Uncontrollable sex worsens fistula complications – Urologist
Dr Ben Adusei, Urologist at the Military Hospital has advised men whose wives are suffering from Vesico Vaginal Fistula to minimise their sexual drives in order to save their wives from further complications.
He said many husbands failed to control their libido for a period of three or six months during which obstetric fistula patients (wives) tissues undergo repairs.
Dr Adusei said this in an interview with the Ghana News Agency during Pan African Urological Surgeons Association’s maiden conference in Ghana on Friday.
The conference brought together urological surgeons in Africa to discuss conditions relating to genital and urinary tract affecting men, women and children.
Dr Adusei said in Ghana many people had medical conditions relating to bladder, kidney, urinal tract, penis, testicles and vagina.
He explained that Vesico Vaginal Fistula could occur when the blood supply to the tissues of the vagina and the bladder was restricted and holes created leading to uncontrollable passage of urine.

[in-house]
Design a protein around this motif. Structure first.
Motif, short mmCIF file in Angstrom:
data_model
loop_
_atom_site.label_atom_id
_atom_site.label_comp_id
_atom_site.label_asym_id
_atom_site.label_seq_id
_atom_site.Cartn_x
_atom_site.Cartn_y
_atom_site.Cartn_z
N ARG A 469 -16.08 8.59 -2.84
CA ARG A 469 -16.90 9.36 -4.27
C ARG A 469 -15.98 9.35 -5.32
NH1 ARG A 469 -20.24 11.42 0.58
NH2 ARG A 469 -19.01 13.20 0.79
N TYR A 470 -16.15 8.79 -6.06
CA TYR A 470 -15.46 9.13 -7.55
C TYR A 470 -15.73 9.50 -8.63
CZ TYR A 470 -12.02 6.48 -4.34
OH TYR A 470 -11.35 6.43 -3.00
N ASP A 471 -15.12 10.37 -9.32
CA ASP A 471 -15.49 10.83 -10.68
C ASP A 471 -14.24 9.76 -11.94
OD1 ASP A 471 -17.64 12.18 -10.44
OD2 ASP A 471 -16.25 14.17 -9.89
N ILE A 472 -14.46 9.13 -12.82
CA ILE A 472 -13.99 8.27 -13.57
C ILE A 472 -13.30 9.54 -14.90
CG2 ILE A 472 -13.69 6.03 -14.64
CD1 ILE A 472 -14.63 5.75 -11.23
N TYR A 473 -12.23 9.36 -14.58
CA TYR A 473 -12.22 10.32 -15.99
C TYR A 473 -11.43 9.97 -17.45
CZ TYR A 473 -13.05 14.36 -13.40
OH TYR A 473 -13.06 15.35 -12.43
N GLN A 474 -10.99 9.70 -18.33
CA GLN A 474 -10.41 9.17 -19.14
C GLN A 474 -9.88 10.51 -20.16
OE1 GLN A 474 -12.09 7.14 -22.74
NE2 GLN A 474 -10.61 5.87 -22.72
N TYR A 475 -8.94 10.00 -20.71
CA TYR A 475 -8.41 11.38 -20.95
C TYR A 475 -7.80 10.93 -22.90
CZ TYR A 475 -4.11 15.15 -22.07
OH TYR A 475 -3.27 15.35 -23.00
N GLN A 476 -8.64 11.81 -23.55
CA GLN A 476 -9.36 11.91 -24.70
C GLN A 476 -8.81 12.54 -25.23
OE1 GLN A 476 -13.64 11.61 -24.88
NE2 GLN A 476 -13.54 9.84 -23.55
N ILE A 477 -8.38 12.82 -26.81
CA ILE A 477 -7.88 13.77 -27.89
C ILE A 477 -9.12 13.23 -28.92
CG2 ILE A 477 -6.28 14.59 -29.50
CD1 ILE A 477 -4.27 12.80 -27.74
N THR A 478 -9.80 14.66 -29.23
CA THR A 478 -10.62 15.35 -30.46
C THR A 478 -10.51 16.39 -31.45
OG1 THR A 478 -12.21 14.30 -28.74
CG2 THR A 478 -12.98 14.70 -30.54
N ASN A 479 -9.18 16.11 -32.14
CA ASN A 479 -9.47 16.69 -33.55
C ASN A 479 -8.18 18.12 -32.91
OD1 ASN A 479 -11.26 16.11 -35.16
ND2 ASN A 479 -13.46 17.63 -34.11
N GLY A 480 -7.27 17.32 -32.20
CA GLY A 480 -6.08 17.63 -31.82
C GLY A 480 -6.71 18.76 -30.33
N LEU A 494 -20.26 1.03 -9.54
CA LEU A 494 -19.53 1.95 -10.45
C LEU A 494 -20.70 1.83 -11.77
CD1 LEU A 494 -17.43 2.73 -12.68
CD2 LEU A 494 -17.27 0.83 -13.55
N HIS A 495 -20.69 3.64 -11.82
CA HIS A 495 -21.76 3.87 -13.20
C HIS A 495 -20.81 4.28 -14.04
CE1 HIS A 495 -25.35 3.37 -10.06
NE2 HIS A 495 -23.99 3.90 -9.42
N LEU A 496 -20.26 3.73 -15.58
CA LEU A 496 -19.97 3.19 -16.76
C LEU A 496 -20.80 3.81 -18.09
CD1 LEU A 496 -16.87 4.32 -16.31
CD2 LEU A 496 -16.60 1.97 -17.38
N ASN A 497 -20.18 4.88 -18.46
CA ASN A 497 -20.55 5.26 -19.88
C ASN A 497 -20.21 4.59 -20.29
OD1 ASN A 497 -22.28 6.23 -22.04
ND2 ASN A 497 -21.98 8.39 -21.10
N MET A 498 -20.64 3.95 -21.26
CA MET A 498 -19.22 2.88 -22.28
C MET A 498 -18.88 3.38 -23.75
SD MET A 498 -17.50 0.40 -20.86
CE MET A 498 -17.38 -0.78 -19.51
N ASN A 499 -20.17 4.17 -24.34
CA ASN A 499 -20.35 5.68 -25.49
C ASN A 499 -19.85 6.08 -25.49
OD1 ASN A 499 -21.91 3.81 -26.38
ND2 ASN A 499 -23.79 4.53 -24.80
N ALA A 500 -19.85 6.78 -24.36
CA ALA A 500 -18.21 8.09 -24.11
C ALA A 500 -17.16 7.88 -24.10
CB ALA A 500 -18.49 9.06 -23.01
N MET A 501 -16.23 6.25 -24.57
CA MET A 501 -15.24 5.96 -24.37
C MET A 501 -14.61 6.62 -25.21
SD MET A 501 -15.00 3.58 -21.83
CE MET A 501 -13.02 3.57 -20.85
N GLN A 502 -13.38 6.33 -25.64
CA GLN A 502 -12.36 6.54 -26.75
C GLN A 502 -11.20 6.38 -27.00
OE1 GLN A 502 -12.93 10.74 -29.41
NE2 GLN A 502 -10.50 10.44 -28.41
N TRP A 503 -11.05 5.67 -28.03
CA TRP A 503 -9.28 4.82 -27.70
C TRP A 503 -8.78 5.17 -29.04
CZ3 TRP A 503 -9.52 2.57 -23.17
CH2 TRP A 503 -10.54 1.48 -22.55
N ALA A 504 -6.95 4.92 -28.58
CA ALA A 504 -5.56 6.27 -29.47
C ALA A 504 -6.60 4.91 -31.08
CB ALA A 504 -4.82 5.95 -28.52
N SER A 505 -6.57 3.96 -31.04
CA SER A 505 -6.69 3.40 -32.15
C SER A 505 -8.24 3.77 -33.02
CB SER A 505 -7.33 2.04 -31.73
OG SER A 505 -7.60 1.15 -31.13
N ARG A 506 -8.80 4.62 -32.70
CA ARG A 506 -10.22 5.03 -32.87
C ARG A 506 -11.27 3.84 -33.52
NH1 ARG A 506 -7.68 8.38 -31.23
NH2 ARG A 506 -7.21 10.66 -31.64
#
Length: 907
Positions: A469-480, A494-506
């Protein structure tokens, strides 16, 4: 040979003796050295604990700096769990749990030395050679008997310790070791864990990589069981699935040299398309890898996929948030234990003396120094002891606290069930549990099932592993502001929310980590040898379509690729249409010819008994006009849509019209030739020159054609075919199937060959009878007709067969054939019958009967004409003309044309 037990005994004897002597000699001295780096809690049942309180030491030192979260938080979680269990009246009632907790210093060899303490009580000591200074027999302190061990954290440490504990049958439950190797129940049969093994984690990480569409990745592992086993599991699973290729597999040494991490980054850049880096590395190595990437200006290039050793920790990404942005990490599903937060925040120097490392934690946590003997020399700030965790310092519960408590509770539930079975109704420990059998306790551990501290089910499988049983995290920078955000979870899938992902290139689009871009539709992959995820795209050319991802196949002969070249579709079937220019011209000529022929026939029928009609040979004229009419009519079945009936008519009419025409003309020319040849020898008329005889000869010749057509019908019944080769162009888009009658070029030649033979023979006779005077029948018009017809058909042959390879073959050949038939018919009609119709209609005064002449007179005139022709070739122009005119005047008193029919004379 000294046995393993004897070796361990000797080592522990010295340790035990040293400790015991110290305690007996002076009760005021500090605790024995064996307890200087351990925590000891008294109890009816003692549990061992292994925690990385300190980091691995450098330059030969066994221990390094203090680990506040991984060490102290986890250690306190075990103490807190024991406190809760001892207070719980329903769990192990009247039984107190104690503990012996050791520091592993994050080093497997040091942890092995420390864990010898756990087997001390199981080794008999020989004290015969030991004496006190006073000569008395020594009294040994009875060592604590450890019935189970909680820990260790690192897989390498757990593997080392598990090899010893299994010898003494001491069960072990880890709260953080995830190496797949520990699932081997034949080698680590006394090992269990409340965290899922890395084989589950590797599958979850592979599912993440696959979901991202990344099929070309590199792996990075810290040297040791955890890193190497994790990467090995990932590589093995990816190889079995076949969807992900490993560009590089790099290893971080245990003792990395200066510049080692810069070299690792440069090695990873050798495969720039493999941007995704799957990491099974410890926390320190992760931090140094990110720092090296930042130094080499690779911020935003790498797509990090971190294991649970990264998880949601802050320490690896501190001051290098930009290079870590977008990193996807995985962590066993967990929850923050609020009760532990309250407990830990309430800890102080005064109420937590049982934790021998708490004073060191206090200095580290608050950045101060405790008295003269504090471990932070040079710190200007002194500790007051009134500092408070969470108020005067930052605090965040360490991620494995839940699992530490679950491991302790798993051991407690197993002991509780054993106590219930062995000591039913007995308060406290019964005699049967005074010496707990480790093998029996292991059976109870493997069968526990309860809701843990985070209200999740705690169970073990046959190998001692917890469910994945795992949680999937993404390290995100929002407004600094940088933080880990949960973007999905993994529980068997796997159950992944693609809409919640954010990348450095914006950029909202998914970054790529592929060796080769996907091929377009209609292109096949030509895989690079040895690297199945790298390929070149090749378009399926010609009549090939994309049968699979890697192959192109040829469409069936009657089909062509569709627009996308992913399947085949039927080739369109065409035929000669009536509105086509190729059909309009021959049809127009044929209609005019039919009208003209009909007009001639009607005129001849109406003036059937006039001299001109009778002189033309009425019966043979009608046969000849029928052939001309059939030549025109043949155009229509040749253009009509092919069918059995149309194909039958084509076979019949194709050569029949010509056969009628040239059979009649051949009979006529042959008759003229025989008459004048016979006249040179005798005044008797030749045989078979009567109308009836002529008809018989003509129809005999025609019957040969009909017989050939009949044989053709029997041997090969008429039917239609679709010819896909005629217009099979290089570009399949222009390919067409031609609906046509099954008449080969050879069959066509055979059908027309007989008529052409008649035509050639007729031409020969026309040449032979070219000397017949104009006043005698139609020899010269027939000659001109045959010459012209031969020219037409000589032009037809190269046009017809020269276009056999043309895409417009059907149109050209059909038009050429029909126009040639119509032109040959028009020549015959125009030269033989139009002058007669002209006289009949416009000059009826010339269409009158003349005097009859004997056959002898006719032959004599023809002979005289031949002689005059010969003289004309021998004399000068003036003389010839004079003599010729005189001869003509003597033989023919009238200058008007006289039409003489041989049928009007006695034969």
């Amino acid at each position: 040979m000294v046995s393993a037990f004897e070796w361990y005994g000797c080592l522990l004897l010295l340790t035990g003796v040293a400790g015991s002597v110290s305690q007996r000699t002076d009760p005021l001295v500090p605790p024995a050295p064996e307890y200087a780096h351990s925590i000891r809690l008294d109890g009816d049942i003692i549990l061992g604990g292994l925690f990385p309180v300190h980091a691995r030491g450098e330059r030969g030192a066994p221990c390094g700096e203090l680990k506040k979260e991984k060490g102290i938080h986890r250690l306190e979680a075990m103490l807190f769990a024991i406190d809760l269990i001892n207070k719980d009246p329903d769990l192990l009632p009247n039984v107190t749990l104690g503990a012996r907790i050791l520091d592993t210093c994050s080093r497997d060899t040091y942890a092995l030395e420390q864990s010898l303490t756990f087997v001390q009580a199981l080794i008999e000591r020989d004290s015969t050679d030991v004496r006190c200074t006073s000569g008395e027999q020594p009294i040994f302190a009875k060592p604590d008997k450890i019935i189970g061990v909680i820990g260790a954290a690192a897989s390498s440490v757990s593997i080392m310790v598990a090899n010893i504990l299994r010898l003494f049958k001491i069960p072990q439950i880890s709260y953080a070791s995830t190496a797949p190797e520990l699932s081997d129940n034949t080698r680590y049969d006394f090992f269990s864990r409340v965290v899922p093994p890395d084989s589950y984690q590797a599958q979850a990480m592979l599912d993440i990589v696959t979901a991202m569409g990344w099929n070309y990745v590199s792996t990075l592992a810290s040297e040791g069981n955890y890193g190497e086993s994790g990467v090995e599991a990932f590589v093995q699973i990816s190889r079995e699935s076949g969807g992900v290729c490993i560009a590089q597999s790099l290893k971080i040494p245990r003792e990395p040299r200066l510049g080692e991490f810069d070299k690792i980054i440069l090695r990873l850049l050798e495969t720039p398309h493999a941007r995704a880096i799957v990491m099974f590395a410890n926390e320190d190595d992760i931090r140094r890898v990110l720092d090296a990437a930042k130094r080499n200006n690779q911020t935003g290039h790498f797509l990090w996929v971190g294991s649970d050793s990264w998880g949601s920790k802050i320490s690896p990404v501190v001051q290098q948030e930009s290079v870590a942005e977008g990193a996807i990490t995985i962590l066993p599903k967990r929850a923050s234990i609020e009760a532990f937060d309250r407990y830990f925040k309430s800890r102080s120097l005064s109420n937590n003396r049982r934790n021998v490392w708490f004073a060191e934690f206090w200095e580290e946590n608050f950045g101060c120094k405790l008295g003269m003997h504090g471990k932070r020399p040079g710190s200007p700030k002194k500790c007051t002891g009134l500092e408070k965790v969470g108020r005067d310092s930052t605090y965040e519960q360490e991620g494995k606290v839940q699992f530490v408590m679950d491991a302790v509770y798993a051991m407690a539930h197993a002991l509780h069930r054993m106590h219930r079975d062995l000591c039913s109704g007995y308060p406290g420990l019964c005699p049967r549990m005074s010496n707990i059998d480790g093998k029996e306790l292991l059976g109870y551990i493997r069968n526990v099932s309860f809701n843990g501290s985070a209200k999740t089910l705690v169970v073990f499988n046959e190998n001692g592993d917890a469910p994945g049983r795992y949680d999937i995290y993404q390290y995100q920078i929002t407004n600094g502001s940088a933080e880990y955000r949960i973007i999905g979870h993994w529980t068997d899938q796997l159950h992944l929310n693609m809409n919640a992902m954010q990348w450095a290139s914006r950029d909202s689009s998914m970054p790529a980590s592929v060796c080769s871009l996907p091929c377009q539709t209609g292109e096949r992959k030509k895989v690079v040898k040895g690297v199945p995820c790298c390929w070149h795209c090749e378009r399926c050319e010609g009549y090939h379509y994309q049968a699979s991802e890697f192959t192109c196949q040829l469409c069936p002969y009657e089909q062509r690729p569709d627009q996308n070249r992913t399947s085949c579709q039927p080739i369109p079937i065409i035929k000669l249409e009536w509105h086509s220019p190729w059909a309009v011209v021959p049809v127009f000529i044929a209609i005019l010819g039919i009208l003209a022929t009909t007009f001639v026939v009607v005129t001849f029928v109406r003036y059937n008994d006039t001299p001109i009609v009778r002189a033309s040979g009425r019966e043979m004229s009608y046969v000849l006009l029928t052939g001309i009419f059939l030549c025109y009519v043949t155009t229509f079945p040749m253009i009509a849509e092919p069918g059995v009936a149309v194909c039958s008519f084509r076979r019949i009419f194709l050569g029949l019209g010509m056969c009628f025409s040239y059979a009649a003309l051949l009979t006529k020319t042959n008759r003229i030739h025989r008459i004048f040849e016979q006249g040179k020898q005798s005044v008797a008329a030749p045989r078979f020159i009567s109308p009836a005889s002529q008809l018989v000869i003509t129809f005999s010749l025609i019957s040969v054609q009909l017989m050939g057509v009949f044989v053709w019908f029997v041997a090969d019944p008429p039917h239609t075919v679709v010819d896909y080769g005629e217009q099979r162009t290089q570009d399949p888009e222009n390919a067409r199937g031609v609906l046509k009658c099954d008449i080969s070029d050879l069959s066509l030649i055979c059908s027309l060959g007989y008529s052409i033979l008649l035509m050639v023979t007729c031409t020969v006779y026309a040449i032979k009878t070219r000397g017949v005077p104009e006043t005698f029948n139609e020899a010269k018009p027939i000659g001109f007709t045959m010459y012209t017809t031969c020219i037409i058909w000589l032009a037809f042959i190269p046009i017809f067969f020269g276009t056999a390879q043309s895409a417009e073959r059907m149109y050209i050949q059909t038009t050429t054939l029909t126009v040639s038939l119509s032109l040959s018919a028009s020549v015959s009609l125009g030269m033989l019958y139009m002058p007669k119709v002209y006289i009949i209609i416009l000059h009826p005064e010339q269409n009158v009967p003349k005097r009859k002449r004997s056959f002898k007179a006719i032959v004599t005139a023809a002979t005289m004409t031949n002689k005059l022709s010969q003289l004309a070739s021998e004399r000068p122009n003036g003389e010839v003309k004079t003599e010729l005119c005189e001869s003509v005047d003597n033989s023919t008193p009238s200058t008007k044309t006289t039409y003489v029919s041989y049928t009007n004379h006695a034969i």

He said in some instances holes could form between the tissues of the vagina and rectum, resulting in uncontrollable leakage of faeces.
Dr Adusei said female genital mutilation; complications during labour, vaginal cancer and trauma could cause Vesico Vaginal Fistula, which could also lead to psychological trauma, depression and loss of blood.
“Husbands must stay away during period of tissue repairs”, he said.
He said the treatment of the fistula disease was complex and required urologists with specialised training and experience, but not necessarily general training in urology.
Emeritus Professor Edward Yehoah, Urology consultant at the Department of Surgery, Korle Bu Teaching Hospital said about 200 fistula complication cases were treated free of charge by the participants.
The World Health Organisation describes fistula as “the single most dramatic aftermath of neglected childbirth.”
Professor Yehoah, therefore, advised patients to report cases on time to the relevant health centres for treatment.